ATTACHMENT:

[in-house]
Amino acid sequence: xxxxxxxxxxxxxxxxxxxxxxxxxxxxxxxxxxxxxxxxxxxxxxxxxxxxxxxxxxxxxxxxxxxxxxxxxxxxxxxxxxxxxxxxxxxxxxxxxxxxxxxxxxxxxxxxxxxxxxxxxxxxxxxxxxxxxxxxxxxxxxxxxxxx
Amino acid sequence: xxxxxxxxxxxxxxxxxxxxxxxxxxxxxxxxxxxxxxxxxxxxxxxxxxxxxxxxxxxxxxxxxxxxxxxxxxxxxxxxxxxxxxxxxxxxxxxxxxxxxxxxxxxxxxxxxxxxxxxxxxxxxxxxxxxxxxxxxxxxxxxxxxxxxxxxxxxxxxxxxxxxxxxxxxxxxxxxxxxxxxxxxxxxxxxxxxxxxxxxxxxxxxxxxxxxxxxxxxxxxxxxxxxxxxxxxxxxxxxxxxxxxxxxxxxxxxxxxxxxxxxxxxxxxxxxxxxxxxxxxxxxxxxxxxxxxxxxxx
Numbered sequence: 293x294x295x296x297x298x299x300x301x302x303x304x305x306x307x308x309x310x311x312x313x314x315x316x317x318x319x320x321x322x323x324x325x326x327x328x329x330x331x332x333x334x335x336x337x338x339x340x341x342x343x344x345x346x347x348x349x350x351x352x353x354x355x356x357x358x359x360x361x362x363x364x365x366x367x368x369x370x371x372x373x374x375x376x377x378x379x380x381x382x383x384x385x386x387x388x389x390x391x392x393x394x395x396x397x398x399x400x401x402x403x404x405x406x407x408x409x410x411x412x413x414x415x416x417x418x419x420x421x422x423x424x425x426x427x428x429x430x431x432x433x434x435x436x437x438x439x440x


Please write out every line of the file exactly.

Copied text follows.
[in-house]
Amino acid sequence: xxxxxxxxxxxxxxxxxxxxxxxxxxxxxxxxxxxxxxxxxxxxxxxxxxxxxxxxxxxxxxxxxxxxxxxxxxxxxxxxxxxxxxxxxxxxxxxxxxxxxxxxxxxxxxxxxxxxxxxxxxxxxxxxxxxxxxxxxxxxxxxxxxxx
Amino acid sequence: xxxxxxxxxxxxxxxxxxxxxxxxxxxxxxxxxxxxxxxxxxxxxxxxxxxxxxxxxxxxxxxxxxxxxxxxxxxxxxxxxxxxxxxxxxxxxxxxxxxxxxxxxxxxxxxxxxxxxxxxxxxxxxxxxxxxxxxxxxxxxxxxxxxxxxxxxxxxxxxxxxxxxxxxxxxxxxxxxxxxxxxxxxxxxxxxxxxxxxxxxxxxxxxxxxxxxxxxxxxxxxxxxxxxxxxxxxxxxxxxxxxxxxxxxxxxxxxxxxxxxxxxxxxxxxxxxxxxxxxxxxxxxxxxxxxxxxxxxx
Numbered sequence: 293x294x295x296x297x298x299x300x301x302x303x304x305x306x307x308x309x310x311x312x313x314x315x316x317x318x319x320x321x322x323x324x325x326x327x328x329x330x331x332x333x334x335x336x337x338x339x340x341x342x343x344x345x346x347x348x349x350x351x352x353x354x355x356x357x358x359x360x361x362x363x364x365x366x367x368x369x370x371x372x373x374x375x376x377x378x379x380x381x382x383x384x385x386x387x388x389x390x391x392x393x394x395x396x397x398x399x400x401x402x403x404x405x406x407x408x409x410x411x412x413x414x415x416x417x418x419x420x421x422x423x424x425x426x427x428x429x430x431x432x433x434x435x436x437x438x439x440x